Deploying managed IT services allows you to accomplish both. Your MSP can focus on daily management relating to IT support. Meanwhile, your in-house staff can focus their activities on developing business-enabling and revenue-driving projects that would otherwise get deflected by day-to-day management.
Case 3: Technology Expansion
Managed IT delivers the option for you to expand your technology initiatives. If you’re looking, for example, to expand your data security and scalability, you might consider cloud computing. But, unfortunately, you may lack the personnel or expertise to address a move to the cloud appropriately. Enter managed IT services.
An MSP can deploy a cloud solution to add flexibility and scalability to your IT infrastructure. At the same time, you’ll avoid capital expenditures like licensing and equipment purchase. Plus, your MSP manages the cloud solution to alleviate maintenance surrounding equipment updates, software updates, patches, and new features.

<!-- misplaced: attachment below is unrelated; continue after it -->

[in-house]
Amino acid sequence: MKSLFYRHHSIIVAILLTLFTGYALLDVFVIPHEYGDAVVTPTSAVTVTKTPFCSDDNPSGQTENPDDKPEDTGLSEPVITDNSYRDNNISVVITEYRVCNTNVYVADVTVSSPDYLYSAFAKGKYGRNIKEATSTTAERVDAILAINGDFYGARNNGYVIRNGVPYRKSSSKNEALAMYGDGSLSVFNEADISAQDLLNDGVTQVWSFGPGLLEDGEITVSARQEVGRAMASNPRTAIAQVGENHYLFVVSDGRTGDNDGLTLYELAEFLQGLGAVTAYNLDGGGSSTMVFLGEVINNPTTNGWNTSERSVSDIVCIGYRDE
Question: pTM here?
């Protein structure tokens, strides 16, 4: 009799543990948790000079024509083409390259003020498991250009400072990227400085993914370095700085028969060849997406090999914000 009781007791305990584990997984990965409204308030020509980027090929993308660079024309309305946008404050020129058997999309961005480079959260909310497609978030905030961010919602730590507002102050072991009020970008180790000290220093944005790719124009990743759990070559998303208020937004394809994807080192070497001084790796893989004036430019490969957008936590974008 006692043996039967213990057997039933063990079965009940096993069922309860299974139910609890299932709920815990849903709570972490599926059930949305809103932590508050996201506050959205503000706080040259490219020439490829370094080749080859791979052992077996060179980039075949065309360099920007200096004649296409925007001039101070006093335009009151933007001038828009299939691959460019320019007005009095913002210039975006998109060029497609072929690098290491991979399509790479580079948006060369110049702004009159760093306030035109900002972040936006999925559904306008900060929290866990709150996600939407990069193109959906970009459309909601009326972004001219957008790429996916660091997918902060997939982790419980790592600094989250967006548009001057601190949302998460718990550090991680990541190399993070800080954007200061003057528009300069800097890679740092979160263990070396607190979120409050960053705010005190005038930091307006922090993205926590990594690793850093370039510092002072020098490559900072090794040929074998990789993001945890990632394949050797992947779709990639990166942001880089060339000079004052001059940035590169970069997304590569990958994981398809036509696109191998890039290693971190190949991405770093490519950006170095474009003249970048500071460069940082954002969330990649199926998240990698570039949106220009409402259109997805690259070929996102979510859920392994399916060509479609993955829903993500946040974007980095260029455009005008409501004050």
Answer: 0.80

Costs for Managed IT Services
Before talking with any managed IT provider, you need to establish your budget. Doing so allows any MSP to tailor a package to meet that budget. For example, most MSPs charge a subscription model creating an operational expense versus a capital expenditure expense.
Managed IT terms vary from provider to provider. Some providers offer month-to-month contracts. Others require annual agreements ranging from one year to up to three years. Some will charge you a base subscription plus an hourly rate for any projects they take on. Others include projects with their monthly fee. It’s essential to understand what you’ll be purchasing.